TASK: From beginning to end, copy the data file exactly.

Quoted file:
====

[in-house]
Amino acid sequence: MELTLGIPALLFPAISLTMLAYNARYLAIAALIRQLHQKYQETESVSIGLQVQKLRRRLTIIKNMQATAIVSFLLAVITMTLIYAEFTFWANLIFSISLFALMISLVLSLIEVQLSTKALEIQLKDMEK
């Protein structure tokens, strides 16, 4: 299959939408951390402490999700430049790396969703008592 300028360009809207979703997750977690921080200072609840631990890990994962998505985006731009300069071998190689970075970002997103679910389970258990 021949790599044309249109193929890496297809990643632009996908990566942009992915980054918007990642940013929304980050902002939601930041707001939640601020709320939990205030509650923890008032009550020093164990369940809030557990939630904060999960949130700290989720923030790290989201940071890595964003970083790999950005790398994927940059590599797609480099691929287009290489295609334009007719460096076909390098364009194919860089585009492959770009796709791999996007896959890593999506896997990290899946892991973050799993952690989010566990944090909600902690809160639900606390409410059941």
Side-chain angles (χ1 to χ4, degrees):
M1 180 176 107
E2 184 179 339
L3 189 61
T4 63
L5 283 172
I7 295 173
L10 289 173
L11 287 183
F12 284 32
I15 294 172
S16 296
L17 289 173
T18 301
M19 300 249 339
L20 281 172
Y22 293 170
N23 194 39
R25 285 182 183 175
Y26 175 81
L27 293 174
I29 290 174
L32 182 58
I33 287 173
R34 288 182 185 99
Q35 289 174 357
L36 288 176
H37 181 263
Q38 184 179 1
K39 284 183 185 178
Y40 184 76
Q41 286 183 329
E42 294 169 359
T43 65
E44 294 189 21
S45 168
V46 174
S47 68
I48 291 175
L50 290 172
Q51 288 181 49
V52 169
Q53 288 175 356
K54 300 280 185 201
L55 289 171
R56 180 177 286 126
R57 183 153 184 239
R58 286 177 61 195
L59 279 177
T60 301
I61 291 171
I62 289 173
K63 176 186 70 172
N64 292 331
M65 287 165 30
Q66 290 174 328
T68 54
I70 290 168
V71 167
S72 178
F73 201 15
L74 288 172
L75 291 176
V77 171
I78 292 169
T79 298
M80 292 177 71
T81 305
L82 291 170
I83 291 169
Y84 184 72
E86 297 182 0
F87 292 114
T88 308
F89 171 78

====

[in-house]
Amino acid sequence: MELTLGIPALLFPAISLTMLAYNARYLAIAALIRQLHQKYQETESVSIGLQVQKLRRRLTIIKNMQATAIVSFLLAVITMTLIYAEFTFWANLIFSISLFALMISLVLSLIEVQLSTKALEIQLKDMEK
């Protein structure tokens, strides 16, 4: 299959939408951390402490999700430049790396969703008592 300028360009809207979703997750977690921080200072609840631990890990994962998505985006731009300069071998190689970075970002997103679910389970258990 021949790599044309249109193929890496297809990643632009996908990566942009992915980054918007990642940013929304980050902002939601930041707001939640601020709320939990205030509650923890008032009550020093164990369940809030557990939630904060999960949130700290989720923030790290989201940071890595964003970083790999950005790398994927940059590599797609480099691929287009290489295609334009007719460096076909390098364009194919860089585009492959770009796709791999996007896959890593999506896997990290899946892991973050799993952690989010566990944090909600902690809160639900606390409410059941």
Side-chain angles (χ1 to χ4, degrees):
M1 180 176 107
E2 184 179 339
L3 189 61
T4 63
L5 283 172
I7 295 173
L10 289 173
L11 287 183
F12 284 32
I15 294 172
S16 296
L17 289 173
T18 301
M19 300 249 339
L20 281 172
Y22 293 170
N23 194 39
R25 285 182 183 175
Y26 175 81
L27 293 174
I29 290 174
L32 182 58
I33 287 173
R34 288 182 185 99
Q35 289 174 357
L36 288 176
H37 181 263
Q38 184 179 1
K39 284 183 185 178
Y40 184 76
Q41 286 183 329
E42 294 169 359
T43 65
E44 294 189 21
S45 168
V46 174
S47 68
I48 291 175
L50 290 172
Q51 288 181 49
V52 169
Q53 288 175 356
K54 300 280 185 201
L55 289 171
R56 180 177 286 126
R57 183 153 184 239
R58 286 177 61 195
L59 279 177
T60 301
I61 291 171
I62 289 173
K63 176 186 70 172
N64 292 331
M65 287 165 30
Q66 290 174 328
T68 54
I70 290 168
V71 167
S72 178
F73 201 15
L74 288 172
L75 291 176
V77 171
I78 292 169
T79 298
M80 292 177 71
T81 305
L82 291 170
I83 291 169
Y84 184 72
E86 297 182 0
F87 292 114
T88 308
F89 171 78